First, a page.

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Transcript
THE ITALIAN RENAISSANCE
• Renaissance: a rebirth of ancient Greek and Roman
culture
– A new culture emerges in southern Europe, starts in
Italy
• Italy was largely an urban society with powerful
city-states
– Intellectuals and artists believed they were part of a
new Golden Age
• They wanted to separate themselves from
“backwardness” of the Middle Ages, or Dark Ages
• Economic growth laid the material basis for the
Renaissance
– The Italian city-states were involved in trade due to
their geography and served as the economic center
of Europe
The Italian City-States
• Italy was divided into several large city-states in
the north and various kingdoms in the south
– Florence, Venice, Milan, and the Papal States
were some of the strongest city-states
• Florence was controlled by the rich
de’Medici family and the Renaissance
started in this city-state
• Rome became the center of the High
Renaissance when it declined in Florence
Politics and War
• Maintaining the balance of power
– If one city-state seems to get too powerful, the
others ally together against the major threat
– Try to create an alliance against foreign powers, but
the breakdown of the alliance will lead to the
domination of Italy by foreign powers
• Invasion of Italy by Charles VIII of France
– Attracted by the riches of Italy, Charles leads an army
of 30,000 men into Italy in 1494
– For the next 30 years, France and Spain make Italy
their battle ground
– 1527 – thousands of Spanish troops along with
mercenaries (hired soldiers) arrive at Rome to
protect it
• They had not been paid for months and demand
money
• The leader lets them sack Rome as their payment
– The sacking of Rome ends the wars and leaves Spain
a dominant force in Italy
• It will also bring an end to the High Renaissance
Characteristics of the Renaissance
• Secular society
– People were becoming more concerned with the
material world, had more of a worldly focus
– Still deeply religious, however they concentrated on
the here and now, not on life after death
• Individualism
– People sought to receive personal credit for their
achievements
• Personal quest for glory – people want money and
success
• This went against the medieval ideal of all glory
going to God and contrasted with Church
teachings that individuality and achievement were
unimportant
– The Renaissance Man – a person who could do many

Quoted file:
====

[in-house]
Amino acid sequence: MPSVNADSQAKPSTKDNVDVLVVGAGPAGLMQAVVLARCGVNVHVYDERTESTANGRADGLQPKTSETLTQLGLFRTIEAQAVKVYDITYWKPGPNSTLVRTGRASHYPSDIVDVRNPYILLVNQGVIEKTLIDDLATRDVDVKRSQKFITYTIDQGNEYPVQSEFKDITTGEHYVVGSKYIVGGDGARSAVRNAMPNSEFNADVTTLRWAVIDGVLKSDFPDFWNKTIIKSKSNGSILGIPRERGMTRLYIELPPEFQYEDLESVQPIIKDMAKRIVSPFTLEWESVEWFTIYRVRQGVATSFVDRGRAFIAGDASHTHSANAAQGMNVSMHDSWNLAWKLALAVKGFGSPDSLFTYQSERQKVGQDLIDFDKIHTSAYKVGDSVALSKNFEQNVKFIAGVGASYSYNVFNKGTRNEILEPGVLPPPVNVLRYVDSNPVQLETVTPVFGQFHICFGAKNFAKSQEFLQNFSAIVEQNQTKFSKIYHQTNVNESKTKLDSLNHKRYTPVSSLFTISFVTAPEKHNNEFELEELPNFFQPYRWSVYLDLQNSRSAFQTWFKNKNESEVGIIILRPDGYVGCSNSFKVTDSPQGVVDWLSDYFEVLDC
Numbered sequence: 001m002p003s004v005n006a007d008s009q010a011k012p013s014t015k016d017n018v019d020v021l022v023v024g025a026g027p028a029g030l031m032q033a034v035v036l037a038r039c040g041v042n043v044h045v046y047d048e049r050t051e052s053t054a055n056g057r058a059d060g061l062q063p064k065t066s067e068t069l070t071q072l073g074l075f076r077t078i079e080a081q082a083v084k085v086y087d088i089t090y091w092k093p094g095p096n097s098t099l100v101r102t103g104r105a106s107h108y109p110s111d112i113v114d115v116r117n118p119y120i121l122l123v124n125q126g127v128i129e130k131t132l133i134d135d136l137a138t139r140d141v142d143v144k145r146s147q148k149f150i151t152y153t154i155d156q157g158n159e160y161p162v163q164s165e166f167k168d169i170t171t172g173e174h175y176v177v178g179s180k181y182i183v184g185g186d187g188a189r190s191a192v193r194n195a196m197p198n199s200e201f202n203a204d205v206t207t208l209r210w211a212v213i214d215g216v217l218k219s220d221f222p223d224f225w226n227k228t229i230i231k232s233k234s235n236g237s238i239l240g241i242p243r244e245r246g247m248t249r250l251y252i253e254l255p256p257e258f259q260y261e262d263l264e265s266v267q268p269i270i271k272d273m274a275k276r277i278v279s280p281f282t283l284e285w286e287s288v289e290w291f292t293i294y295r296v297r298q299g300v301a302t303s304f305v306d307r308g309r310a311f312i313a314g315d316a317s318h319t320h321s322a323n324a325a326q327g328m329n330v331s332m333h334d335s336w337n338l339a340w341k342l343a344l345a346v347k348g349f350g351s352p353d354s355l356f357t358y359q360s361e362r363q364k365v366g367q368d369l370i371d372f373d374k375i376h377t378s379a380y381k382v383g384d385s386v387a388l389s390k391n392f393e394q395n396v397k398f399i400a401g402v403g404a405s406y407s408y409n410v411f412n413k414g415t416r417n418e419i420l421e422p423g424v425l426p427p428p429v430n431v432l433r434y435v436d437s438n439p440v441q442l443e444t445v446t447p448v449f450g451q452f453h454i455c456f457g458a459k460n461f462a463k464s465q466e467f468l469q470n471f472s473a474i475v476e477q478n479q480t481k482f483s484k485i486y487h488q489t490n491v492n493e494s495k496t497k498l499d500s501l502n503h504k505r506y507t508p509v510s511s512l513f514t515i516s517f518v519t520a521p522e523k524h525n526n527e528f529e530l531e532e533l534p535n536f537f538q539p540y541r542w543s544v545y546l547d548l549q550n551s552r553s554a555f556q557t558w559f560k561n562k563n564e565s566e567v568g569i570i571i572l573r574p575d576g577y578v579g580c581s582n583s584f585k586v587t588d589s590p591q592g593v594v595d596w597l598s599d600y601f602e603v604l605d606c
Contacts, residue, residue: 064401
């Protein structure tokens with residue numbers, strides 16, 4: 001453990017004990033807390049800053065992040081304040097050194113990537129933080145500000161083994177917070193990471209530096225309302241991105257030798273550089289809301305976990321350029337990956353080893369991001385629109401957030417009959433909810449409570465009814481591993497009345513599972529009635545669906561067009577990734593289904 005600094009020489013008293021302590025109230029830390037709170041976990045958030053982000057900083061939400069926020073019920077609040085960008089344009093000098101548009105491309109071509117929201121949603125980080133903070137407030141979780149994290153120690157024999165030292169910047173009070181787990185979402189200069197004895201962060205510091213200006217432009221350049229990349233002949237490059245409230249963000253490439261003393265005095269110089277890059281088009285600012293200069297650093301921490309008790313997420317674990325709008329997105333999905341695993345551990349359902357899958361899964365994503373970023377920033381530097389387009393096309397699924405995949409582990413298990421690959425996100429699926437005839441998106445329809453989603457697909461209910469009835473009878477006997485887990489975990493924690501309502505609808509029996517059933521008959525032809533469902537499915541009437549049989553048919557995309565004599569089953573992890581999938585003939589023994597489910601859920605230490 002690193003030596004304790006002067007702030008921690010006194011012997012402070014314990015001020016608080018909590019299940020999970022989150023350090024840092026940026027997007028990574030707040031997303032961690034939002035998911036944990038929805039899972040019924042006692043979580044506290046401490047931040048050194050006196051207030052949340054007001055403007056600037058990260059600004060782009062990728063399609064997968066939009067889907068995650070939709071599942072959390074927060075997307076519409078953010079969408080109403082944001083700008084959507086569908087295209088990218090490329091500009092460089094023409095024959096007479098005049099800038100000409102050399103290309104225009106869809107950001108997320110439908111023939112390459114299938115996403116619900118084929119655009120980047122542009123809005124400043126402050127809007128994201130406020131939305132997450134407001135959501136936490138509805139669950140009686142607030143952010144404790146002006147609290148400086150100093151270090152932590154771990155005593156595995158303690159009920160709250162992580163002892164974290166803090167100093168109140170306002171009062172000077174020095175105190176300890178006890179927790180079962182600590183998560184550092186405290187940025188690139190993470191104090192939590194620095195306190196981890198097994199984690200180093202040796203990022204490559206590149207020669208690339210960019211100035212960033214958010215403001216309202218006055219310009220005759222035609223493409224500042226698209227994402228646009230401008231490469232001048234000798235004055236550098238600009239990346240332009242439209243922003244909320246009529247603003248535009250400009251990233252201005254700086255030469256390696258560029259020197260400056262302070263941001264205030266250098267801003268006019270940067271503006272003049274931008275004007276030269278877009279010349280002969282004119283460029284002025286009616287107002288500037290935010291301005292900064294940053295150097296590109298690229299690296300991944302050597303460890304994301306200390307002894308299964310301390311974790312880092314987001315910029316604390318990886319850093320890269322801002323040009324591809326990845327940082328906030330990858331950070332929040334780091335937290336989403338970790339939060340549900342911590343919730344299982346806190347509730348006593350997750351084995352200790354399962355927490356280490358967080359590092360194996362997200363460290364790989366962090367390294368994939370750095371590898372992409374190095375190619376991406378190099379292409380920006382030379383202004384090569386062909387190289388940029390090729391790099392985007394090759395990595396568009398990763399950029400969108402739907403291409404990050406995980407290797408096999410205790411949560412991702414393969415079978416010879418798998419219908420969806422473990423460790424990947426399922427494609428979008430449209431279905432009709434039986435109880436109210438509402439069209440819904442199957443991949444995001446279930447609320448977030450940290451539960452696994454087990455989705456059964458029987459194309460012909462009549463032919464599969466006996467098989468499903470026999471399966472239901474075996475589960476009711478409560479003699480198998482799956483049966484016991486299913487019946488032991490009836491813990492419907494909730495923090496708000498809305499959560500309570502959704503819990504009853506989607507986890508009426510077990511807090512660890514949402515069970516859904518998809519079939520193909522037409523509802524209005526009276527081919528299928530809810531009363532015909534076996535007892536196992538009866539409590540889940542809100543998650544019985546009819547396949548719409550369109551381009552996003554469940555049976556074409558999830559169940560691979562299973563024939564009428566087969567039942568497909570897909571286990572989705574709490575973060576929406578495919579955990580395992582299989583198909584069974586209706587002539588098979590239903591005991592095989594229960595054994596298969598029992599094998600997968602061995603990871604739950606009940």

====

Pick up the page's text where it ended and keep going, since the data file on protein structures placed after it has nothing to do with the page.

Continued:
things well
• The ideal Renaissance man = Leonardo da Vinci
• Humanism
– “new learning” – interest in and study of the Latin
classics to learn what they reveal about human
nature
– Petrarch is considered to be the father of humanism
– Civic humanists = used their humanist education to
serve the city governments
• Also revived the Greek language
Renaissance Intellectuals
• Machiavelli
– Wrote The Prince, which is the most widely read and
studied Renaissance book
– The subject is about how a ruler should gain,
maintain, and increase political power
• Concludes that humans are “ungrateful, fickle,
liars, and deceivers”
• Decides that it is better for a ruler to be feared
than loved
Renaissance Art
• The Renaissance made its greatest impact in the area of
art
• New artistic styles: use of oil painting, free-standing
sculptures, portraits, nudity, and single-point
perspective
• Many people sponsored the arts to glorify themselves
and their families
• Two major periods:
– Early Renaissance – takes place in Florence
– High Renaissance – takes place in Rome
• Four major artists of the Renaissance:
• Four major artists of the Renaissance:
– Michelangelo – painted the Sistene Chapel, sculptural
masterpiece = David
– Leonardo da Vinci – Mona Lisa and the Last Supper
– Raphael – famous for his madonnas (images of Jesus
and Mary)
– Donatello – sculptor, lived during the Early Renaissance
The Northern Renaissance
• Christian Humanism
– Christian humanists believed they could achieve this
higher understanding by studying early Christian
works along with the Latin classics
– Often criticized the Church
• Erasmus
– Criticized the Church and wanted to reform it, but
not leave it
The Elizabethan Renaissance
• The greatest achievement in the arts in northern Europe
took place in England
– Most of what is referred to as the Elizabethan
Renaissance actually occurred during the reign of
James I
• Geoffrey Chaucer
– The Canterbury Tales consists of a collection of
stories told by a group of 29 pilgrims journeying to
the tomb of Saint Thomas Becket at Canterbury
• William Shakespeare
– Wrote many plays that reveal an unsurpassed
understanding of the human psyche